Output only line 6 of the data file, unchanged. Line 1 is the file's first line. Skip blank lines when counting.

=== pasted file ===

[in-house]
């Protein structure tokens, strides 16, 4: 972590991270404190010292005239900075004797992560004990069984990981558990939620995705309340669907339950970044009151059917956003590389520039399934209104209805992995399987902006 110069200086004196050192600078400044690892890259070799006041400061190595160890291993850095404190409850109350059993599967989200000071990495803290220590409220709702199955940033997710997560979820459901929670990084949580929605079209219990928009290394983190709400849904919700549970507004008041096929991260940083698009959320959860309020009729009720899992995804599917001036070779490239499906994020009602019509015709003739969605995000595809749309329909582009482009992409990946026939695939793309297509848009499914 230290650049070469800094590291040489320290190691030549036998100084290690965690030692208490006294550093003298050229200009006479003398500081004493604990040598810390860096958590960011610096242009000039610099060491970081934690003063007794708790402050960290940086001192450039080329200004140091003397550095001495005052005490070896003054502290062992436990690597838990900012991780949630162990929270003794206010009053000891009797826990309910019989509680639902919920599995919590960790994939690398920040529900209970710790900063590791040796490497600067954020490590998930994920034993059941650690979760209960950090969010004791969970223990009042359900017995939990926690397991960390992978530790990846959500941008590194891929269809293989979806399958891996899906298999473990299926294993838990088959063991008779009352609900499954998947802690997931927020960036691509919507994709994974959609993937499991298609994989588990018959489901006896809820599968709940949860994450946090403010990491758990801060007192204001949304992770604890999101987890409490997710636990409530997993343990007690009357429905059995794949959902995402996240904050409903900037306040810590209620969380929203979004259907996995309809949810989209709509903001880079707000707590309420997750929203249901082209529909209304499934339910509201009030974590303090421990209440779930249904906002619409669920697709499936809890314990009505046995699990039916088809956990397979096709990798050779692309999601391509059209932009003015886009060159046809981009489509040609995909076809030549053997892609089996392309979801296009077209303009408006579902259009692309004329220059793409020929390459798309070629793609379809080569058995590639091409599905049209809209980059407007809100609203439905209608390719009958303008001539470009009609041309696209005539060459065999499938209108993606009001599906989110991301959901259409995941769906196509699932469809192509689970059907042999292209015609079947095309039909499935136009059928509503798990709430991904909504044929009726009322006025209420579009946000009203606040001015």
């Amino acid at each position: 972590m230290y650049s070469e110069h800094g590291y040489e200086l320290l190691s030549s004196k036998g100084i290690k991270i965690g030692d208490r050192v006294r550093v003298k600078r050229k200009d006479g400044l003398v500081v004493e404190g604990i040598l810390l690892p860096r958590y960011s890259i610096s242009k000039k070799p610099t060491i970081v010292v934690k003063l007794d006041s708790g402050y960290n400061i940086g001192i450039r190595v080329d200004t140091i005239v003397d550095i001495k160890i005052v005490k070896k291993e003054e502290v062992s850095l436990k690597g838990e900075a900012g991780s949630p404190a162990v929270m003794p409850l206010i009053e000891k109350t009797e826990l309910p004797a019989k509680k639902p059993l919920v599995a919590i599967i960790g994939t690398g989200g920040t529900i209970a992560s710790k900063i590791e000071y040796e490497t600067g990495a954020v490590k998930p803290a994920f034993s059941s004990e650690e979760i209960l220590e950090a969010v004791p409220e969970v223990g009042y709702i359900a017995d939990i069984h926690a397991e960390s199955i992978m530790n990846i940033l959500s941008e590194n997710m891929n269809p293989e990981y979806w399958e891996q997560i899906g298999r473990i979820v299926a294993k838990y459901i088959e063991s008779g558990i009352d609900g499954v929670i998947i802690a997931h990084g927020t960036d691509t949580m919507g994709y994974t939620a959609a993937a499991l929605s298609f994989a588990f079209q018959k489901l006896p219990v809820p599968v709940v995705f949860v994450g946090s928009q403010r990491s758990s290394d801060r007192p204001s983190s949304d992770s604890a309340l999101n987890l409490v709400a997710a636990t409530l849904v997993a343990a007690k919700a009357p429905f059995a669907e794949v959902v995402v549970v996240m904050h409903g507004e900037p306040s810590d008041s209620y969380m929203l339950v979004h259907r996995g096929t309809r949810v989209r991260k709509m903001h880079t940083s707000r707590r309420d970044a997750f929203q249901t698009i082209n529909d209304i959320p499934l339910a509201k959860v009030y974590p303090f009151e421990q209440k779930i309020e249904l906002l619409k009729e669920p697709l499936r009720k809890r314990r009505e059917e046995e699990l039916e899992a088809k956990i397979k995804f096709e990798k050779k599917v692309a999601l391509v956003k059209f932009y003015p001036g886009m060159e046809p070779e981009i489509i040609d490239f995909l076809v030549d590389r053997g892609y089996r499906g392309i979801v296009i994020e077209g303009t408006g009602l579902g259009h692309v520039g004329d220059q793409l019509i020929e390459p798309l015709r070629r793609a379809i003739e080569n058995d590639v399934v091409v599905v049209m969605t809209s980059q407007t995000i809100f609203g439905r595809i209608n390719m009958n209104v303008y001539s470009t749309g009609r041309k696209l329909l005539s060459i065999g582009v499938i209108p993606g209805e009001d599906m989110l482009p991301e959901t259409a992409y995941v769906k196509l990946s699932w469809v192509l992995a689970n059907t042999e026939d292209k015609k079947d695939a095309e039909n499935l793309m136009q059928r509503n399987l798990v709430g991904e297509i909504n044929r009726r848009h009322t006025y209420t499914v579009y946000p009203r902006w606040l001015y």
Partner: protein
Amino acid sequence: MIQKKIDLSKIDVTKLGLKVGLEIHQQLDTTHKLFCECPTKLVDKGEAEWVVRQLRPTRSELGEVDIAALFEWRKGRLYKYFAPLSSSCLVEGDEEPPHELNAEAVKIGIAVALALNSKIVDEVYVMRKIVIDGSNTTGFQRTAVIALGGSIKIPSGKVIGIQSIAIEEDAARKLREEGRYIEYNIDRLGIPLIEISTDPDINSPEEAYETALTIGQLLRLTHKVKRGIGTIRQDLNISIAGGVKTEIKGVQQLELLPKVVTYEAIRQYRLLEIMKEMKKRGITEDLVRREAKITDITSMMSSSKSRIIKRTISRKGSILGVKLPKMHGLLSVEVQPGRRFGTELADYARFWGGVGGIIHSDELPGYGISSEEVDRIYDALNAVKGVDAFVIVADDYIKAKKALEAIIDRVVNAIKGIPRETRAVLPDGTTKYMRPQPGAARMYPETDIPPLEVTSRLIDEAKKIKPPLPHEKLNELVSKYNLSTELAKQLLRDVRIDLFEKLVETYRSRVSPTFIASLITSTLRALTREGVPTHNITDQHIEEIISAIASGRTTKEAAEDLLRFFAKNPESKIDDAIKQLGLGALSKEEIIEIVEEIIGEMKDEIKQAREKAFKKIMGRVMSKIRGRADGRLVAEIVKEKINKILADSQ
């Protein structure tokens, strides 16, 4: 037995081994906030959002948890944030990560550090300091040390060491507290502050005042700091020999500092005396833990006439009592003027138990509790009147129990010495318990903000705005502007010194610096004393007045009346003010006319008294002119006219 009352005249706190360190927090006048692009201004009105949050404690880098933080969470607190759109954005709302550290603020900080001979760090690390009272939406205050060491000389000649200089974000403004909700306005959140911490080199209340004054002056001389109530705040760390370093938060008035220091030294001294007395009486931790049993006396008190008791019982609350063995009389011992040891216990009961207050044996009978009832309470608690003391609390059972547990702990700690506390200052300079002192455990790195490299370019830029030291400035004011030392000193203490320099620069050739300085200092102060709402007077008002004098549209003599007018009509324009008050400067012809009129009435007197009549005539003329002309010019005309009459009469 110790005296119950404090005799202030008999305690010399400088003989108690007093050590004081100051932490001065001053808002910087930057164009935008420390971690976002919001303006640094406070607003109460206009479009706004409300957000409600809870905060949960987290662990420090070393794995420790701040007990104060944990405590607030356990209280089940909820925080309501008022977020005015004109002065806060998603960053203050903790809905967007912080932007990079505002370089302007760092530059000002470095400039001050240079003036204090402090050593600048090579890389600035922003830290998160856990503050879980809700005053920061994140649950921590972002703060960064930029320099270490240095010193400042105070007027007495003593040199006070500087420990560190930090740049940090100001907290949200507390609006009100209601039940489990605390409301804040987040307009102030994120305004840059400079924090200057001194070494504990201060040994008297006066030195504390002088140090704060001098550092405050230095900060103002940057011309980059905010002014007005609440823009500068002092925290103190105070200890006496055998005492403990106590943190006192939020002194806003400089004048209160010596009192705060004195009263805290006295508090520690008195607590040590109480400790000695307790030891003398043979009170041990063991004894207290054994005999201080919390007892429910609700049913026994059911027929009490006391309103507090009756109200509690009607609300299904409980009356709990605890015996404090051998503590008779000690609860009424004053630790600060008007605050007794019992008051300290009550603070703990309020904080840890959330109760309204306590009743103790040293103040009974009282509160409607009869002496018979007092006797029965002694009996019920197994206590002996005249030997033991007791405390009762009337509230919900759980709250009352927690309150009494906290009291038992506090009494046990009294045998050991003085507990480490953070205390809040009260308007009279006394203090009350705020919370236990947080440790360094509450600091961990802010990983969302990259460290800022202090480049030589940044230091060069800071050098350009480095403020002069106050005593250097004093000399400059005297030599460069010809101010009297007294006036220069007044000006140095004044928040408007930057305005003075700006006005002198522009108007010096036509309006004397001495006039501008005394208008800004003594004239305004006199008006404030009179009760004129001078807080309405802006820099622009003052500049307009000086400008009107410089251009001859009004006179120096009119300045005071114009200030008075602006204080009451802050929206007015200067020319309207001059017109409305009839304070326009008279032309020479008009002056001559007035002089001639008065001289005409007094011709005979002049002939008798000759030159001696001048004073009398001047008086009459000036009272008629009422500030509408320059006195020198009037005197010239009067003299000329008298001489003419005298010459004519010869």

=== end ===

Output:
């Protein structure tokens, strides 16, 4: 037995081994906030959002948890944030990560550090300091040390060491507290502050005042700091020999500092005396833990006439009592003027138990509790009147129990010495318990903000705005502007010194610096004393007045009346003010006319008294002119006219 009352005249706190360190927090006048692009201004009105949050404690880098933080969470607190759109954005709302550290603020900080001979760090690390009272939406205050060491000389000649200089974000403004909700306005959140911490080199209340004054002056001389109530705040760390370093938060008035220091030294001294007395009486931790049993006396008190008791019982609350063995009389011992040891216990009961207050044996009978009832309470608690003391609390059972547990702990700690506390200052300079002192455990790195490299370019830029030291400035004011030392000193203490320099620069050739300085200092102060709402007077008002004098549209003599007018009509324009008050400067012809009129009435007197009549005539003329002309010019005309009459009469 110790005296119950404090005799202030008999305690010399400088003989108690007093050590004081100051932490001065001053808002910087930057164009935008420390971690976002919001303006640094406070607003109460206009479009706004409300957000409600809870905060949960987290662990420090070393794995420790701040007990104060944990405590607030356990209280089940909820925080309501008022977020005015004109002065806060998603960053203050903790809905967007912080932007990079505002370089302007760092530059000002470095400039001050240079003036204090402090050593600048090579890389600035922003830290998160856990503050879980809700005053920061994140649950921590972002703060960064930029320099270490240095010193400042105070007027007495003593040199006070500087420990560190930090740049940090100001907290949200507390609006009100209601039940489990605390409301804040987040307009102030994120305004840059400079924090200057001194070494504990201060040994008297006066030195504390002088140090704060001098550092405050230095900060103002940057011309980059905010002014007005609440823009500068002092925290103190105070200890006496055998005492403990106590943190006192939020002194806003400089004048209160010596009192705060004195009263805290006295508090520690008195607590040590109480400790000695307790030891003398043979009170041990063991004894207290054994005999201080919390007892429910609700049913026994059911027929009490006391309103507090009756109200509690009607609300299904409980009356709990605890015996404090051998503590008779000690609860009424004053630790600060008007605050007794019992008051300290009550603070703990309020904080840890959330109760309204306590009743103790040293103040009974009282509160409607009869002496018979007092006797029965002694009996019920197994206590002996005249030997033991007791405390009762009337509230919900759980709250009352927690309150009494906290009291038992506090009494046990009294045998050991003085507990480490953070205390809040009260308007009279006394203090009350705020919370236990947080440790360094509450600091961990802010990983969302990259460290800022202090480049030589940044230091060069800071050098350009480095403020002069106050005593250097004093000399400059005297030599460069010809101010009297007294006036220069007044000006140095004044928040408007930057305005003075700006006005002198522009108007010096036509309006004397001495006039501008005394208008800004003594004239305004006199008006404030009179009760004129001078807080309405802006820099622009003052500049307009000086400008009107410089251009001859009004006179120096009119300045005071114009200030008075602006204080009451802050929206007015200067020319309207001059017109409305009839304070326009008279032309020479008009002056001559007035002089001639008065001289005409007094011709005979002049002939008798000759030159001696001048004073009398001047008086009459000036009272008629009422500030509408320059006195020198009037005197010239009067003299000329008298001489003419005298010459004519010869």